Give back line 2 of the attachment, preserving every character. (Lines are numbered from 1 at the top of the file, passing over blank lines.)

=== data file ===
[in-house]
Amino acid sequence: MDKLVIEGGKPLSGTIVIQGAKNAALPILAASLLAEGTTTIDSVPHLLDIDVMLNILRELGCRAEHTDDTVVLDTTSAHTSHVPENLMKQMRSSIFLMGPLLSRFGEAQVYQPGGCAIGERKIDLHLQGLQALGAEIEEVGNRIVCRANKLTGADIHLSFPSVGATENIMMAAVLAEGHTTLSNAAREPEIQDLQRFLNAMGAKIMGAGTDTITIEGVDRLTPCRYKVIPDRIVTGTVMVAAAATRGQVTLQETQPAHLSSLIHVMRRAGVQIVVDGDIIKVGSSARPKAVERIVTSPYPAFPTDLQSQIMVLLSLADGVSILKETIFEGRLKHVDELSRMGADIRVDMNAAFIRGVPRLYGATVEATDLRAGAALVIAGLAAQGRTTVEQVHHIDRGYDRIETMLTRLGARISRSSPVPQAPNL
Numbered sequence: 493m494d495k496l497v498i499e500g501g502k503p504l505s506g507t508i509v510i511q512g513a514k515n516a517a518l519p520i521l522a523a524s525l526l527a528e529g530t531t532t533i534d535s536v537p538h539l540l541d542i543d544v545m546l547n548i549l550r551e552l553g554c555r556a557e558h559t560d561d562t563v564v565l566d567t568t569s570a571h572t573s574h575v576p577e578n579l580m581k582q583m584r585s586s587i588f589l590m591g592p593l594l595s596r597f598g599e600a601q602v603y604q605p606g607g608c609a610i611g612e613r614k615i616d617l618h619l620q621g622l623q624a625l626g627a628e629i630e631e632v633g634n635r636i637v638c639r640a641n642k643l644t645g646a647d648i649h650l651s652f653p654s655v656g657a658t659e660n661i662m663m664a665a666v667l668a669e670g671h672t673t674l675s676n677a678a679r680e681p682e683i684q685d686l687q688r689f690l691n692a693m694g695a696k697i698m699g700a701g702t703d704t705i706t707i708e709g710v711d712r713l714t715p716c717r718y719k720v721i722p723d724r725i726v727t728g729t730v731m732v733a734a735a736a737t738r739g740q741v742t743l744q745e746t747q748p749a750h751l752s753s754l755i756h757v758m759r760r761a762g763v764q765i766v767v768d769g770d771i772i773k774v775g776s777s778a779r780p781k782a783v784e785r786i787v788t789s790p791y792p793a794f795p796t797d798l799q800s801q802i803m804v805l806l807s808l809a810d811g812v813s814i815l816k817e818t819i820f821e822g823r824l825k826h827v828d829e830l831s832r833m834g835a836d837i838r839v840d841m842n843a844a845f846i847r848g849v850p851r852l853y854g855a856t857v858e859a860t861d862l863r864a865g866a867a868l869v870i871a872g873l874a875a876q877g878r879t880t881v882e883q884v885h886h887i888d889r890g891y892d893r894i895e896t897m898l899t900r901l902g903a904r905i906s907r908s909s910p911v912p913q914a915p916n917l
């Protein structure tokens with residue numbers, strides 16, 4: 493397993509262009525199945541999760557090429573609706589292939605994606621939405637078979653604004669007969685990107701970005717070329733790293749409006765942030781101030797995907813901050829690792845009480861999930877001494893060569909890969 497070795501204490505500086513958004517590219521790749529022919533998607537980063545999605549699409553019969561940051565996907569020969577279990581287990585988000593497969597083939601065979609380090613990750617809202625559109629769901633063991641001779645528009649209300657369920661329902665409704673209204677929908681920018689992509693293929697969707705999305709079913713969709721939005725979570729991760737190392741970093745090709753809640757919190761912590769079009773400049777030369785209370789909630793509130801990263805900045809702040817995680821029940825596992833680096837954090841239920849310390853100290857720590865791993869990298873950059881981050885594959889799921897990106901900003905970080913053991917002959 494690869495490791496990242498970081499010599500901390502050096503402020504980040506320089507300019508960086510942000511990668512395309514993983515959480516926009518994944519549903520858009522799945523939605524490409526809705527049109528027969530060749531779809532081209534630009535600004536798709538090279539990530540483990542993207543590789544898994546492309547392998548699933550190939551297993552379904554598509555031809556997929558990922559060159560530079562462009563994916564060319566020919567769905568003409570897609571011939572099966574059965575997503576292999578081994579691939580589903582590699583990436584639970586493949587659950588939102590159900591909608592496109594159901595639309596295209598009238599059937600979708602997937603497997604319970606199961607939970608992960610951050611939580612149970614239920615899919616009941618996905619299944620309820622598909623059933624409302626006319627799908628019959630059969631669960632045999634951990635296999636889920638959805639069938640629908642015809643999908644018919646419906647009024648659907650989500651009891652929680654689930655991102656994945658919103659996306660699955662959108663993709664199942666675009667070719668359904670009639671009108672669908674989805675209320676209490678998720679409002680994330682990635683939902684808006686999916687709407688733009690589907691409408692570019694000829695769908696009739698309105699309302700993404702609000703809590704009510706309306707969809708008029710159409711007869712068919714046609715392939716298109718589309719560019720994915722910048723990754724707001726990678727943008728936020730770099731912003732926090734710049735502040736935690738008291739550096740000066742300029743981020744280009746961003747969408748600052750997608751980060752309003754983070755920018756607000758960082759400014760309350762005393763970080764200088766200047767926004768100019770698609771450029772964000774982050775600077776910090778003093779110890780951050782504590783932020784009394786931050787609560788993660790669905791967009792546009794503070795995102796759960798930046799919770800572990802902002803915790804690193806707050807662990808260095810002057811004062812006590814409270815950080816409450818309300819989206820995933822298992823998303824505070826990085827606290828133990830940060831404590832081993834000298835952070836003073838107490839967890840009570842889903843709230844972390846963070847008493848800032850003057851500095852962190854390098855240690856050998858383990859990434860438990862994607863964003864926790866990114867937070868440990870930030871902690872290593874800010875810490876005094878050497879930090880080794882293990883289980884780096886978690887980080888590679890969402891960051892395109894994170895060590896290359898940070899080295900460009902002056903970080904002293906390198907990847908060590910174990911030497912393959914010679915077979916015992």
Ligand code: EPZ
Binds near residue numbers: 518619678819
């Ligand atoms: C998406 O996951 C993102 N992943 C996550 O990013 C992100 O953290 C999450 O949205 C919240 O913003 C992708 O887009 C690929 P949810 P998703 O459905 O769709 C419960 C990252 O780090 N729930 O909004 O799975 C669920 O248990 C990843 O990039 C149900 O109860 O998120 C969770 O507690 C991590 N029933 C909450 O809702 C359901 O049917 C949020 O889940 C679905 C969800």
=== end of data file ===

Amino acid sequence: MDKLVIEGGKPLSGTIVIQGAKNAALPILAASLLAEGTTTIDSVPHLLDIDVMLNILRELGCRAEHTDDTVVLDTTSAHTSHVPENLMKQMRSSIFLMGPLLSRFGEAQVYQPGGCAIGERKIDLHLQGLQALGAEIEEVGNRIVCRANKLTGADIHLSFPSVGATENIMMAAVLAEGHTTLSNAAREPEIQDLQRFLNAMGAKIMGAGTDTITIEGVDRLTPCRYKVIPDRIVTGTVMVAAAATRGQVTLQETQPAHLSSLIHVMRRAGVQIVVDGDIIKVGSSARPKAVERIVTSPYPAFPTDLQSQIMVLLSLADGVSILKETIFEGRLKHVDELSRMGADIRVDMNAAFIRGVPRLYGATVEATDLRAGAALVIAGLAAQGRTTVEQVHHIDRGYDRIETMLTRLGARISRSSPVPQAPNL